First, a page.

Detroit Free Press says bsn preferred...

  1. Good Morning,
    I'm wondering if anyone read the article in the Freep this morning about community colleges offering BSN degree in the future?
    The end of the article states a BSN is usually needed to get an ENTRY level position.


    Amost completed ADN!
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  3. by   Anne36
    I read the same story this morning but I wouldnt believe everything I read in the paper. Most of what they print is propaganda or the writers opinion. Just keep doing what your doing and dont worry about the newspaper.
  4. by   kayty83
    I know University of Michigan Health System nurse managers are being directed to only hire BSNs. I don't know about other places.
  5. by   dwern31
    I didn't see the article. One of my clinical nursing instructors told us that many hospitals are moving that way. However, she stressed that the trend is not necessarily a BSN. It's that some may only hire new RN's if they also have a bachelor's degree (not necessarily in nursing). So many of the second career nurses (like myself) who already have a bachelor's degree in another field are fine with just getting an ADN.
  6. by   Streamline2010
    ^^ That's good news, for those of us who are career changers. It's nice to see that prior college degrees and career experience are not totally disregarded. At the local nursing school in my small town, they actually seemed to think they had a mission to help the underprivileged moms who don't have college degrees, rather than give us well-educated career changers a fair deal. That is why I am relocating to go to the nursing school of my choice.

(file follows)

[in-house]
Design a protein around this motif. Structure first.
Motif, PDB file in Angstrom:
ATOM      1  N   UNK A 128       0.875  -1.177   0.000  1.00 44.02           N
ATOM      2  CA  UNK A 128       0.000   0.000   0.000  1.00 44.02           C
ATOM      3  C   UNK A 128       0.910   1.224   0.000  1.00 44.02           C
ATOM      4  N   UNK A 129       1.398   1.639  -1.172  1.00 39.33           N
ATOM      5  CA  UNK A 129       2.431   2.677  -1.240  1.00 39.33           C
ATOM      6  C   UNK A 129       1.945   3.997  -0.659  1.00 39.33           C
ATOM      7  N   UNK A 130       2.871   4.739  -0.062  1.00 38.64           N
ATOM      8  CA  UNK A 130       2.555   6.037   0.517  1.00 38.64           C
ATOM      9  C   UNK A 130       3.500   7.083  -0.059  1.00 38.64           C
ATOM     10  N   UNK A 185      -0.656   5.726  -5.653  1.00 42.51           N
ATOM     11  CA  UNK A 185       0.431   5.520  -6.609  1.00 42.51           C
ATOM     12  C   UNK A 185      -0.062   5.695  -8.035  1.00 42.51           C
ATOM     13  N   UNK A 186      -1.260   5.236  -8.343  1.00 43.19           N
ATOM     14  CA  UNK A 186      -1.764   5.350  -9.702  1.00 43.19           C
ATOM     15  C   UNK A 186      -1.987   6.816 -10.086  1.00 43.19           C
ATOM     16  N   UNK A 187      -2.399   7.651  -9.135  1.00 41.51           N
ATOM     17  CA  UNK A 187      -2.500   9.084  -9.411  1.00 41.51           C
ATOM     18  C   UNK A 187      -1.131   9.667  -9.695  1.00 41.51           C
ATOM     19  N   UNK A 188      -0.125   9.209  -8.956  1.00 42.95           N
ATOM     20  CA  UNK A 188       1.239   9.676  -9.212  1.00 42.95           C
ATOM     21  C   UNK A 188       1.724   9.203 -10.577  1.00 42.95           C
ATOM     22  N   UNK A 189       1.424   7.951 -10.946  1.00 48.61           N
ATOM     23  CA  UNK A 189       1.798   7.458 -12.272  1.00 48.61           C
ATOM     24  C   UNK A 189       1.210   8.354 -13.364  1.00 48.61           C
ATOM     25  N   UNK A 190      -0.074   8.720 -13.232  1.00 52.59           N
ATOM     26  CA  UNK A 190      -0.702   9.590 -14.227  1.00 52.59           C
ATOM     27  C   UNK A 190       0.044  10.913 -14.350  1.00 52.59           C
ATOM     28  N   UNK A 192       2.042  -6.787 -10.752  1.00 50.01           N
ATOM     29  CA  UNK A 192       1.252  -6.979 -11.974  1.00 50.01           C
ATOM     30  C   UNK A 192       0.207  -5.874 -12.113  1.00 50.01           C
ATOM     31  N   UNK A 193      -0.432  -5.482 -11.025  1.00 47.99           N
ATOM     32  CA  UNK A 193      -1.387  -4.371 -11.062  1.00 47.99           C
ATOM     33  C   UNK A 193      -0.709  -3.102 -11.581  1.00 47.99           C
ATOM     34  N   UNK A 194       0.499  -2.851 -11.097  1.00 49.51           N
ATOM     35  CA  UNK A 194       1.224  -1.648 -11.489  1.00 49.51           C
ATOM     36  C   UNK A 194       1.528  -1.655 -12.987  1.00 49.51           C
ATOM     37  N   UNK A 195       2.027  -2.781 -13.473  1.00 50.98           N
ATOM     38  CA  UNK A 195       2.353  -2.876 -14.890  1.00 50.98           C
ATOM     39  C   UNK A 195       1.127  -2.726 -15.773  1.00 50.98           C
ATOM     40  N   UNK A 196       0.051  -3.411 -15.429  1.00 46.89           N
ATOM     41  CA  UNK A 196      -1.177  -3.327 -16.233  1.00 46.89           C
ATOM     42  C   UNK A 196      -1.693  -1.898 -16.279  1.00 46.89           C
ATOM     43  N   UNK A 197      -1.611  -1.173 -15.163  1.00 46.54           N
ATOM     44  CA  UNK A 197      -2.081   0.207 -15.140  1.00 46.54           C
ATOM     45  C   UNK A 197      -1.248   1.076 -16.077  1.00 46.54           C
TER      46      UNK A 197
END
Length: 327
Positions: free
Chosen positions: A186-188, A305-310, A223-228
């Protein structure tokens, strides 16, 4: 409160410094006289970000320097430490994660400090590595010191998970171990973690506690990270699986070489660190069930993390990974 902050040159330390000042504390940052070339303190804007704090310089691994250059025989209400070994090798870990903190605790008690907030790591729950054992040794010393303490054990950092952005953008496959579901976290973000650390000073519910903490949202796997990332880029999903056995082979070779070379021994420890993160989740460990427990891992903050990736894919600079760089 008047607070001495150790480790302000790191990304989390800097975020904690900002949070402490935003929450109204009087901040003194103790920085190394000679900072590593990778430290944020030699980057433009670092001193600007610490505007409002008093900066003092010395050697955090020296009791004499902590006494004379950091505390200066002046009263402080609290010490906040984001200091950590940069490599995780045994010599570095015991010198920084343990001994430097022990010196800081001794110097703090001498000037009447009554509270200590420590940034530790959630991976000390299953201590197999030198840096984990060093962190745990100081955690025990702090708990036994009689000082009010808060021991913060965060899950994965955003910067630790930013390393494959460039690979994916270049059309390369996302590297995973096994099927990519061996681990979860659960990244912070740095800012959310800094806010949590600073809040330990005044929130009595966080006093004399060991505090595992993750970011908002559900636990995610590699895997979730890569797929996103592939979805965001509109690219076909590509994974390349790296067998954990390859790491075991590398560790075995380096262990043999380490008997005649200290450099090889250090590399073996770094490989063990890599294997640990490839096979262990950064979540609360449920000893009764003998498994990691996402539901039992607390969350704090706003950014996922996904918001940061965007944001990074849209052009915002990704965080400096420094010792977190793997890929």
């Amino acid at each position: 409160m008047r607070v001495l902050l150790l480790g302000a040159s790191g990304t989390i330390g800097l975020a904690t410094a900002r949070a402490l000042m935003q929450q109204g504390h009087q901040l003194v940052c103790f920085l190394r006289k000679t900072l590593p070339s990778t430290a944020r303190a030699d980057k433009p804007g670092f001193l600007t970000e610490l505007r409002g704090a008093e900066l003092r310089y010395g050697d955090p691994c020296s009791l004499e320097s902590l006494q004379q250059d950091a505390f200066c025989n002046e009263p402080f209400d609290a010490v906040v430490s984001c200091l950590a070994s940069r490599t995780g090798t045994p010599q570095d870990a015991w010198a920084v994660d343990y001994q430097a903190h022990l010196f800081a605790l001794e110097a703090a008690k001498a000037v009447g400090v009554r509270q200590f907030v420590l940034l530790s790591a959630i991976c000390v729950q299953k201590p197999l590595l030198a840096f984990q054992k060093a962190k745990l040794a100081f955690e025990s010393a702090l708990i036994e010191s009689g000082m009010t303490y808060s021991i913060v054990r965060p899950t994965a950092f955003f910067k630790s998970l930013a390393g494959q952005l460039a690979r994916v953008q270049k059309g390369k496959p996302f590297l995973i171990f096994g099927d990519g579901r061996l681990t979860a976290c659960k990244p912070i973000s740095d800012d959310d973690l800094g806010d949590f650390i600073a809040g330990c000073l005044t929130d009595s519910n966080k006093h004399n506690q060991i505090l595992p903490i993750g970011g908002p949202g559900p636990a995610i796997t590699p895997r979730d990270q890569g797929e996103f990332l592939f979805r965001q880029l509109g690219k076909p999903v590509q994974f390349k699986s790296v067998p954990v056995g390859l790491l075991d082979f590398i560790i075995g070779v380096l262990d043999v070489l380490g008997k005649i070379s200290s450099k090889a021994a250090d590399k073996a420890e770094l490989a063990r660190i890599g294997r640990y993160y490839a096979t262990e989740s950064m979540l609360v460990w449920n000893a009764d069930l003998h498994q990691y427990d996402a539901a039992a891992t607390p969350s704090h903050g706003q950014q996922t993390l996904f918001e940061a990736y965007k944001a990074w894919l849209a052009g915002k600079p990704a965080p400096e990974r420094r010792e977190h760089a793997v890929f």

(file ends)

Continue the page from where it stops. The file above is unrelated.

7. by   twentyyears
    Alot of hospitals want a BSN, but they will give you time to abtain it. At the hospital I work at you have 5 yrs to get your BSN. Munson medical center gives you 10yrs to get it.
  8. by   MotherToPeanut
    I did not see that article. However, part of what the writer reported is true. The bill in question passed in the House last year and the Senate Version (SB1221) has been referred to the committee on appropriations where it has remained since March. If passed as it is written now, the bill would allow Michigan community colleges to offer baccalaureate degrees in nursing, cement technology, maritime technology, nuclear technology, and culinary arts. I contacted Senator Switalski, who introduced the bill, to inquire about the status of the bill. He informed me that the bill was likely to remain in committee until after the November elections. Currently, there are 13 other states that allow community colleges to offer baccalaureate degrees in certain fields.